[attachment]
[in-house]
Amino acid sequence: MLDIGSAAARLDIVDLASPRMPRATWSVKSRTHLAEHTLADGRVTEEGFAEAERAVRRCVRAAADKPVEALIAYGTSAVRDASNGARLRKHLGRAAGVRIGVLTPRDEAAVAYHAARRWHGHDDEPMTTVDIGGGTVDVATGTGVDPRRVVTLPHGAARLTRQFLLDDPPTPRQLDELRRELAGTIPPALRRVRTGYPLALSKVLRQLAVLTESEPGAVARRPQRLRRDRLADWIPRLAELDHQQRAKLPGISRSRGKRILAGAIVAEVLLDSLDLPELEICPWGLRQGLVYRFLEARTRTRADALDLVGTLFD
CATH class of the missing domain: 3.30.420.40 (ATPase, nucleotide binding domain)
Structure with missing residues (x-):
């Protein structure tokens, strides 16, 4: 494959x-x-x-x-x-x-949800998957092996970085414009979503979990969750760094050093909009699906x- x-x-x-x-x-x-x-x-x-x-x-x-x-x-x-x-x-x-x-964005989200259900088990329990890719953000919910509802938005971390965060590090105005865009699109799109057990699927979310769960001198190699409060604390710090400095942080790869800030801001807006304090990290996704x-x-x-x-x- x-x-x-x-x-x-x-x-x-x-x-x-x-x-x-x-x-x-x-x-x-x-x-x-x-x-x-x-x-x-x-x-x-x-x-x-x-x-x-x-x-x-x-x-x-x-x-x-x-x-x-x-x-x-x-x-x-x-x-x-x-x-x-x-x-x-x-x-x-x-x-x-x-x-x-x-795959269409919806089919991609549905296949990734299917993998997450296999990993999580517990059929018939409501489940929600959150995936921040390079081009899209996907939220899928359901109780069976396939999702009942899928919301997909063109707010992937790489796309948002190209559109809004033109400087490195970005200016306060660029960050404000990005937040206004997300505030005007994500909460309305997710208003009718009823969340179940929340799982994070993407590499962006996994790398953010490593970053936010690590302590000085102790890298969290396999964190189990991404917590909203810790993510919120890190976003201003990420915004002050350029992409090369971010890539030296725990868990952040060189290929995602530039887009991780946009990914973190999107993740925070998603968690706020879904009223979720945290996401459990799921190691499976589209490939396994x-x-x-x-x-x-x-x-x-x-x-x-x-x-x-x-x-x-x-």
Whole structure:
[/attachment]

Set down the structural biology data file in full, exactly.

[in-house]
Amino acid sequence: MLDIGSAAARLDIVDLASPRMPRATWSVKSRTHLAEHTLADGRVTEEGFAEAERAVRRCVRAAADKPVEALIAYGTSAVRDASNGARLRKHLGRAAGVRIGVLTPRDEAAVAYHAARRWHGHDDEPMTTVDIGGGTVDVATGTGVDPRRVVTLPHGAARLTRQFLLDDPPTPRQLDELRRELAGTIPPALRRVRTGYPLALSKVLRQLAVLTESEPGAVARRPQRLRRDRLADWIPRLAELDHQQRAKLPGISRSRGKRILAGAIVAEVLLDSLDLPELEICPWGLRQGLVYRFLEARTRTRADALDLVGTLFD
CATH class of the missing domain: 3.30.420.40 (ATPase, nucleotide binding domain)
Structure with missing residues (x-):
């Protein structure tokens, strides 16, 4: 494959x-x-x-x-x-x-949800998957092996970085414009979503979990969750760094050093909009699906x- x-x-x-x-x-x-x-x-x-x-x-x-x-x-x-x-x-x-x-964005989200259900088990329990890719953000919910509802938005971390965060590090105005865009699109799109057990699927979310769960001198190699409060604390710090400095942080790869800030801001807006304090990290996704x-x-x-x-x- x-x-x-x-x-x-x-x-x-x-x-x-x-x-x-x-x-x-x-x-x-x-x-x-x-x-x-x-x-x-x-x-x-x-x-x-x-x-x-x-x-x-x-x-x-x-x-x-x-x-x-x-x-x-x-x-x-x-x-x-x-x-x-x-x-x-x-x-x-x-x-x-x-x-x-x-795959269409919806089919991609549905296949990734299917993998997450296999990993999580517990059929018939409501489940929600959150995936921040390079081009899209996907939220899928359901109780069976396939999702009942899928919301997909063109707010992937790489796309948002190209559109809004033109400087490195970005200016306060660029960050404000990005937040206004997300505030005007994500909460309305997710208003009718009823969340179940929340799982994070993407590499962006996994790398953010490593970053936010690590302590000085102790890298969290396999964190189990991404917590909203810790993510919120890190976003201003990420915004002050350029992409090369971010890539030296725990868990952040060189290929995602530039887009991780946009990914973190999107993740925070998603968690706020879904009223979720945290996401459990799921190691499976589209490939396994x-x-x-x-x-x-x-x-x-x-x-x-x-x-x-x-x-x-x-």
Whole structure: